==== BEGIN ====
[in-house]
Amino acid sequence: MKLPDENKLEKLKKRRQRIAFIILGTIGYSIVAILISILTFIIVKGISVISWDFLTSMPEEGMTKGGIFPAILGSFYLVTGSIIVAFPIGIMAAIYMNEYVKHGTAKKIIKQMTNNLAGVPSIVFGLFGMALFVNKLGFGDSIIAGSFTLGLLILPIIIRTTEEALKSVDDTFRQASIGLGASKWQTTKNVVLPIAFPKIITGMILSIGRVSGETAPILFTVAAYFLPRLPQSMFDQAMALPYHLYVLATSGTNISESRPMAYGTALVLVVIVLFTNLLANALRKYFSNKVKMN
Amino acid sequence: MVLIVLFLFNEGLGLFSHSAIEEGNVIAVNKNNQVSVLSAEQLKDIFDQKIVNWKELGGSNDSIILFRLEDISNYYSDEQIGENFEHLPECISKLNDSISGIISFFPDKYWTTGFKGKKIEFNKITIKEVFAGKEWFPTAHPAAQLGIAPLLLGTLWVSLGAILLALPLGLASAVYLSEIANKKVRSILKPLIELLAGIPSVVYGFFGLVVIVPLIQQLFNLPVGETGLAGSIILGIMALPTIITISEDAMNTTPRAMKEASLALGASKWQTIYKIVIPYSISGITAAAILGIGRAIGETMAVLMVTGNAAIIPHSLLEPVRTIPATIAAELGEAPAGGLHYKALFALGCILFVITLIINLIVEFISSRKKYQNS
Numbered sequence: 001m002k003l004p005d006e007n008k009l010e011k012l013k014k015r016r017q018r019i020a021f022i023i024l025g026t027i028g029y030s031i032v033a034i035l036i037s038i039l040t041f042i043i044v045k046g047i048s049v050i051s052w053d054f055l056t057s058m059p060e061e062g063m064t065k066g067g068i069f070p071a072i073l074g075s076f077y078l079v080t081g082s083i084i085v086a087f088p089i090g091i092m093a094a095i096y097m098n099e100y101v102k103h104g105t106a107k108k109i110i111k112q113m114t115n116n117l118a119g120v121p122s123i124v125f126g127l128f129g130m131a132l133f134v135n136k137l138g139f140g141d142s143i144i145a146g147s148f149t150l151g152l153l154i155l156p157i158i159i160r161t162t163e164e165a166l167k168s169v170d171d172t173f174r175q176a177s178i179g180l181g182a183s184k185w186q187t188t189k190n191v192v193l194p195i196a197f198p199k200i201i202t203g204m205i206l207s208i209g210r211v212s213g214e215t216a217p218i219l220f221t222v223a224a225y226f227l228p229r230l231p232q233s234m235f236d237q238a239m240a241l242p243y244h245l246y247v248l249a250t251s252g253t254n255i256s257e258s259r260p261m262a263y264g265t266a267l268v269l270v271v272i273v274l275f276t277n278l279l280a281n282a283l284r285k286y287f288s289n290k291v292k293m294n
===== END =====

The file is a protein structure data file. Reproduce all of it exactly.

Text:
[in-house]
Amino acid sequence: MKLPDENKLEKLKKRRQRIAFIILGTIGYSIVAILISILTFIIVKGISVISWDFLTSMPEEGMTKGGIFPAILGSFYLVTGSIIVAFPIGIMAAIYMNEYVKHGTAKKIIKQMTNNLAGVPSIVFGLFGMALFVNKLGFGDSIIAGSFTLGLLILPIIIRTTEEALKSVDDTFRQASIGLGASKWQTTKNVVLPIAFPKIITGMILSIGRVSGETAPILFTVAAYFLPRLPQSMFDQAMALPYHLYVLATSGTNISESRPMAYGTALVLVVIVLFTNLLANALRKYFSNKVKMN
Amino acid sequence: MVLIVLFLFNEGLGLFSHSAIEEGNVIAVNKNNQVSVLSAEQLKDIFDQKIVNWKELGGSNDSIILFRLEDISNYYSDEQIGENFEHLPECISKLNDSISGIISFFPDKYWTTGFKGKKIEFNKITIKEVFAGKEWFPTAHPAAQLGIAPLLLGTLWVSLGAILLALPLGLASAVYLSEIANKKVRSILKPLIELLAGIPSVVYGFFGLVVIVPLIQQLFNLPVGETGLAGSIILGIMALPTIITISEDAMNTTPRAMKEASLALGASKWQTIYKIVIPYSISGITAAAILGIGRAIGETMAVLMVTGNAAIIPHSLLEPVRTIPATIAAELGEAPAGGLHYKALFALGCILFVITLIINLIVEFISSRKKYQNS
Numbered sequence: 001m002k003l004p005d006e007n008k009l010e011k012l013k014k015r016r017q018r019i020a021f022i023i024l025g026t027i028g029y030s031i032v033a034i035l036i037s038i039l040t041f042i043i044v045k046g047i048s049v050i051s052w053d054f055l056t057s058m059p060e061e062g063m064t065k066g067g068i069f070p071a072i073l074g075s076f077y078l079v080t081g082s083i084i085v086a087f088p089i090g091i092m093a094a095i096y097m098n099e100y101v102k103h104g105t106a107k108k109i110i111k112q113m114t115n116n117l118a119g120v121p122s123i124v125f126g127l128f129g130m131a132l133f134v135n136k137l138g139f140g141d142s143i144i145a146g147s148f149t150l151g152l153l154i155l156p157i158i159i160r161t162t163e164e165a166l167k168s169v170d171d172t173f174r175q176a177s178i179g180l181g182a183s184k185w186q187t188t189k190n191v192v193l194p195i196a197f198p199k200i201i202t203g204m205i206l207s208i209g210r211v212s213g214e215t216a217p218i219l220f221t222v223a224a225y226f227l228p229r230l231p232q233s234m235f236d237q238a239m240a241l242p243y244h245l246y247v248l249a250t251s252g253t254n255i256s257e258s259r260p261m262a263y264g265t266a267l268v269l270v271v272i273v274l275f276t277n278l279l280a281n282a283l284r285k286y287f288s289n290k291v292k293m294n